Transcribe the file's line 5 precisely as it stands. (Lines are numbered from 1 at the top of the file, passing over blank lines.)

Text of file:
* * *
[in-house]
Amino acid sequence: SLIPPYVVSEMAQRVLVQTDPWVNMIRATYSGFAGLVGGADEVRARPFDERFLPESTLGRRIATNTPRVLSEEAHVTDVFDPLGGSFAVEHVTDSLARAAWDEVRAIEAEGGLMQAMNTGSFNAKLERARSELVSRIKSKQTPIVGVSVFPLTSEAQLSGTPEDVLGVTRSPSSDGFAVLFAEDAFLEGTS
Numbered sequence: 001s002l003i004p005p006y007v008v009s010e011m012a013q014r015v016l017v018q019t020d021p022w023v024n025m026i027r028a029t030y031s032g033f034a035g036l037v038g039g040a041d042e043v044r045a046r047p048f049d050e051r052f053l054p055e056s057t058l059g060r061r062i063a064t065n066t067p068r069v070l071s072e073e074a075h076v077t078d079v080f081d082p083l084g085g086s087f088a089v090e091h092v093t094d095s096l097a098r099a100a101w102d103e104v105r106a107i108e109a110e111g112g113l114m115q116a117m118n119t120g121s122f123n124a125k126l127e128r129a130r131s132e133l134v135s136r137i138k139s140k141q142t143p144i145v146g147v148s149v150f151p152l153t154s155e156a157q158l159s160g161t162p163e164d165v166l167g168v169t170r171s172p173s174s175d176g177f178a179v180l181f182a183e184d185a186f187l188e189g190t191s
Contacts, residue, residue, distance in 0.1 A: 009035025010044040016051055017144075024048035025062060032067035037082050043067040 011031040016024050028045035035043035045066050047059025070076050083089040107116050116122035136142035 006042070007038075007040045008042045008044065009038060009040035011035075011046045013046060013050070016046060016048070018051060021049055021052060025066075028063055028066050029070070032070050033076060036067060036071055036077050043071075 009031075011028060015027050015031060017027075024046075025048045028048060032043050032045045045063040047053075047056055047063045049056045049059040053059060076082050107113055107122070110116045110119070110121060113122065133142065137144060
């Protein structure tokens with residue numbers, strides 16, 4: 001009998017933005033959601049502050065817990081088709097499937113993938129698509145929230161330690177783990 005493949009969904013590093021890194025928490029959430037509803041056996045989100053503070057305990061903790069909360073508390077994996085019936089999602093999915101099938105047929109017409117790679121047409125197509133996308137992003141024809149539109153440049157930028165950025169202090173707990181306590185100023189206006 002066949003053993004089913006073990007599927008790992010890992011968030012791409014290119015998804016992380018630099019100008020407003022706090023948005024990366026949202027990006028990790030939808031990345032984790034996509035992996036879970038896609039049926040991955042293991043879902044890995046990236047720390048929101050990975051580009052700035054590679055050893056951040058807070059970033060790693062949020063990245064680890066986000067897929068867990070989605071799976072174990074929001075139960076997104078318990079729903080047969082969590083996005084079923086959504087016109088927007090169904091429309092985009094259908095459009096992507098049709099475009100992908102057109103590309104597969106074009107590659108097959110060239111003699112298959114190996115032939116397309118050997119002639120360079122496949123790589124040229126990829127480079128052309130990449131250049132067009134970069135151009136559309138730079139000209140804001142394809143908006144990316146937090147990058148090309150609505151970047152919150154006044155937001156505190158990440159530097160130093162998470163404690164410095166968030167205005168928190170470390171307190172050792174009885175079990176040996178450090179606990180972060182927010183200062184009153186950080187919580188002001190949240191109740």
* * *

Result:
């Protein structure tokens with residue numbers, strides 16, 4: 001009998017933005033959601049502050065817990081088709097499937113993938129698509145929230161330690177783990 005493949009969904013590093021890194025928490029959430037509803041056996045989100053503070057305990061903790069909360073508390077994996085019936089999602093999915101099938105047929109017409117790679121047409125197509133996308137992003141024809149539109153440049157930028165950025169202090173707990181306590185100023189206006 002066949003053993004089913006073990007599927008790992010890992011968030012791409014290119015998804016992380018630099019100008020407003022706090023948005024990366026949202027990006028990790030939808031990345032984790034996509035992996036879970038896609039049926040991955042293991043879902044890995046990236047720390048929101050990975051580009052700035054590679055050893056951040058807070059970033060790693062949020063990245064680890066986000067897929068867990070989605071799976072174990074929001075139960076997104078318990079729903080047969082969590083996005084079923086959504087016109088927007090169904091429309092985009094259908095459009096992507098049709099475009100992908102057109103590309104597969106074009107590659108097959110060239111003699112298959114190996115032939116397309118050997119002639120360079122496949123790589124040229126990829127480079128052309130990449131250049132067009134970069135151009136559309138730079139000209140804001142394809143908006144990316146937090147990058148090309150609505151970047152919150154006044155937001156505190158990440159530097160130093162998470163404690164410095166968030167205005168928190170470390171307190172050792174009885175079990176040996178450090179606990180972060182927010183200062184009153186950080187919580188002001190949240191109740």